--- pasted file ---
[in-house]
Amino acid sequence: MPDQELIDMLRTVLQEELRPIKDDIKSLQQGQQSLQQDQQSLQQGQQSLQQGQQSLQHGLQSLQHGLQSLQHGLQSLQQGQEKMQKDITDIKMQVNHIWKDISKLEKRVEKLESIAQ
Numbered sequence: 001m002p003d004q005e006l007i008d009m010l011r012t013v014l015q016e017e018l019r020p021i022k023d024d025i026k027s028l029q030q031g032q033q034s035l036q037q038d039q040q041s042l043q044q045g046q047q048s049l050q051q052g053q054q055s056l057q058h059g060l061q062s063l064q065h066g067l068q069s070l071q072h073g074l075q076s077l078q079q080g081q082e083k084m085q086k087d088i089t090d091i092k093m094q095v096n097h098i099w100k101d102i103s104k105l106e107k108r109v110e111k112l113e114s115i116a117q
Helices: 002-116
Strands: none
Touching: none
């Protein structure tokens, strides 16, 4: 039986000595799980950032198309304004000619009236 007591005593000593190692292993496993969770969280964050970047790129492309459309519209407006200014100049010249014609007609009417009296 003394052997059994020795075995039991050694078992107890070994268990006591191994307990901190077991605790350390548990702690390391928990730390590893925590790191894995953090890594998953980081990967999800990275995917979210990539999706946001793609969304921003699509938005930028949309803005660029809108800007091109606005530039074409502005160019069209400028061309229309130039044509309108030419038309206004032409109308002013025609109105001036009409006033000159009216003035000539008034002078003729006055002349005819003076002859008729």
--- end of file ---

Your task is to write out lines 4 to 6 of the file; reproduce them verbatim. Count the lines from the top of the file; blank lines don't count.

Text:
Helices: 002-116
Strands: none
Touching: none